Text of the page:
I just want to get to my EC2 management console quickly, so I sometimes click on the link that says "Amazon Elastic Compute Cloud (EC2)."

That brings me to an advertisement page for EC2... again, this is after I'm already signed in and just trying to use the service. That EC2 specific advertising page still doesn't have a direct link to the EC2 management console.

To do anything useful, I need to click on AWS Management Console which only becomes visible after I mouse over "My Account/Console." But the "My Account" link, the only thing on the whole page that I ever want, is in a smaller font than almost everything else on the page.

Eventually, I wrote my own little AWS interface with python & boto just to avoid having to kludge through the web page.

EDIT: I apologize if this is off the topic of how to present pricing. I got excited when I saw an AWS engineer asking "what can we do better"

I've been using aws for awhile so I've gotten used to the sign-in part and never have trouble getting to the console.

Where I get lost is trying to find the reference documentation as opposed to the newbie guides or the architecture overviews. Scenarios similar to: "crap it's been a year and a half since I've bundled a new AMI and I forgot the exact steps" where I need to look up some detail of the API. That's where I wind up going to google to search the amazon site for the docs I need.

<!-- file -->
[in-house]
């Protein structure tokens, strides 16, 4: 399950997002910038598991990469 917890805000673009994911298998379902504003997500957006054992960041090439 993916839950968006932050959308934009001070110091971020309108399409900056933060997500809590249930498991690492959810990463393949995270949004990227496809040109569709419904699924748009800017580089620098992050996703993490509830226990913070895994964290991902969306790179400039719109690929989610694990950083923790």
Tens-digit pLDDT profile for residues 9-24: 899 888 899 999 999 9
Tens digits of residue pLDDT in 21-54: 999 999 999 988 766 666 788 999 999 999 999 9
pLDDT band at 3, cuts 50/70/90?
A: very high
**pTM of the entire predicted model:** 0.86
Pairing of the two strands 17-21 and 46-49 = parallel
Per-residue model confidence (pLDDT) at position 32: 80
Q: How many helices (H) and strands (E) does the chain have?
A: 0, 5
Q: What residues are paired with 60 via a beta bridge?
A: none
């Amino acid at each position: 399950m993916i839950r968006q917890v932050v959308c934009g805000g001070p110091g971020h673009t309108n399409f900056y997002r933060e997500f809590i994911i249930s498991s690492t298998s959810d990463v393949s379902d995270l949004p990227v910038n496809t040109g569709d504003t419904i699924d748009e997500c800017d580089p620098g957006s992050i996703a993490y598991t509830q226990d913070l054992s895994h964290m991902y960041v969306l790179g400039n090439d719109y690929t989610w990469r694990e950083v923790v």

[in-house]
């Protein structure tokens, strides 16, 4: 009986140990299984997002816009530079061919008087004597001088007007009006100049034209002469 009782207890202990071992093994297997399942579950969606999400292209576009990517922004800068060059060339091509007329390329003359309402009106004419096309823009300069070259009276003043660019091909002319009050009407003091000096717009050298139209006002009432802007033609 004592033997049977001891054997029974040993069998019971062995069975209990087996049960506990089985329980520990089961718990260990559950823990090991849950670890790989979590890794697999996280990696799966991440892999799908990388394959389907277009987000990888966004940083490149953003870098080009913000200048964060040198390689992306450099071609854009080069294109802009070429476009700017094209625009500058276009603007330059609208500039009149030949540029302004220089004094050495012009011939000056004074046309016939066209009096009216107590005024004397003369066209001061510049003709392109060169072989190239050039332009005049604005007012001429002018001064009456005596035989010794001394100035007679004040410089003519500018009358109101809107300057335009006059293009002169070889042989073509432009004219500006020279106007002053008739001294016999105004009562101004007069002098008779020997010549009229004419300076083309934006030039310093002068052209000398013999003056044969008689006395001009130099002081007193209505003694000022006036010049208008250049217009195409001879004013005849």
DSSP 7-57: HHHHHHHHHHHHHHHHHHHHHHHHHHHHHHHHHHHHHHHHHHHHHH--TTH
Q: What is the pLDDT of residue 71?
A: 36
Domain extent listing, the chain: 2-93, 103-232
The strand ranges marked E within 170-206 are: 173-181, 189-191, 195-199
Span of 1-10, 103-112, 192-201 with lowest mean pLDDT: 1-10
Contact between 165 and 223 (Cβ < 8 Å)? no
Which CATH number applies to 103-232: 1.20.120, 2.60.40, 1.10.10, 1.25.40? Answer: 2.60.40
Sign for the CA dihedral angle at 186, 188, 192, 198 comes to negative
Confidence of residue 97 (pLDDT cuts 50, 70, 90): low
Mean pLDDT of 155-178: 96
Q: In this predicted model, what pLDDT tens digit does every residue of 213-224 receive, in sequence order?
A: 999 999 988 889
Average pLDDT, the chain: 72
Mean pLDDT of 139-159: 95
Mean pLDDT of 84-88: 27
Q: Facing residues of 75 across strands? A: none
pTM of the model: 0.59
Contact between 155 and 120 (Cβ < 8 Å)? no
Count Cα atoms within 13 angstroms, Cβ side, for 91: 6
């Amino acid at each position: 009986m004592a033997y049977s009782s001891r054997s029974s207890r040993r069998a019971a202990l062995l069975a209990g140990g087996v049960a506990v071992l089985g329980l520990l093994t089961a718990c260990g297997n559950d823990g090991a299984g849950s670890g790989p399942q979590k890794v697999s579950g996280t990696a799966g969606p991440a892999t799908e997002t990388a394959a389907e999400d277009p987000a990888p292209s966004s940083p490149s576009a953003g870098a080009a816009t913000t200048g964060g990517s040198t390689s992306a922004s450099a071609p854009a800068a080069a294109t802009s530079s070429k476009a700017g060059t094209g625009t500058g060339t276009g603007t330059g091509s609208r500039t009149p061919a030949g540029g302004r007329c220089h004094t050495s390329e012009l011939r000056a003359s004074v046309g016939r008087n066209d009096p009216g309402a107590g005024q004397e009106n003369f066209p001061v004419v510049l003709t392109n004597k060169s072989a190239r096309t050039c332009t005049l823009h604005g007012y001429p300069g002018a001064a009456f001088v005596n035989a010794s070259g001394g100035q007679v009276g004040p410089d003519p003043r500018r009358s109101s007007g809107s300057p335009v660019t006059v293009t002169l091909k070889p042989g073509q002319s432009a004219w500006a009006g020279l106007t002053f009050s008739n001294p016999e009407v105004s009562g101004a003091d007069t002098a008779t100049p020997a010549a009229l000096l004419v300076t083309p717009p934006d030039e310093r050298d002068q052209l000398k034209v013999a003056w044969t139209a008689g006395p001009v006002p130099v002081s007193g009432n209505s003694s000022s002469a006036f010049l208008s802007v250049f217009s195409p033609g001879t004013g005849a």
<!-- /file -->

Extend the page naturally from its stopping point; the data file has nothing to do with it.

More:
One more issue...if you login with a non-ec2 amazon account there's no logout link. I end up having to clear my cookies.

Thank you, this is awesome. I'll be sharing this thread around the office in a few hours.

As long as you're collecting feedback, please have the console default to an interesting page. 98% of the time I'm opening it, I go to look at the instances tab. Then I experience a brief moment of panic when it shows I have no instances, because it shows some region other than the one with my servers.

Not the person you asked the question to but, if I may, I would suggest a 2 (or maybe 3) step drilldown. A high level, more condensed, summary-type of chart (kind of like the one seen in the original post) that would give a clear overview of the differences between the various types of instances (OnDemand, Reserved, Spot). And then a way to drill down into instance types and see the details (AZ, Linux vs Windows, etc...)

My issues with the current layout are:

- all the text blocks in between charts that are not really informative after you've read them once.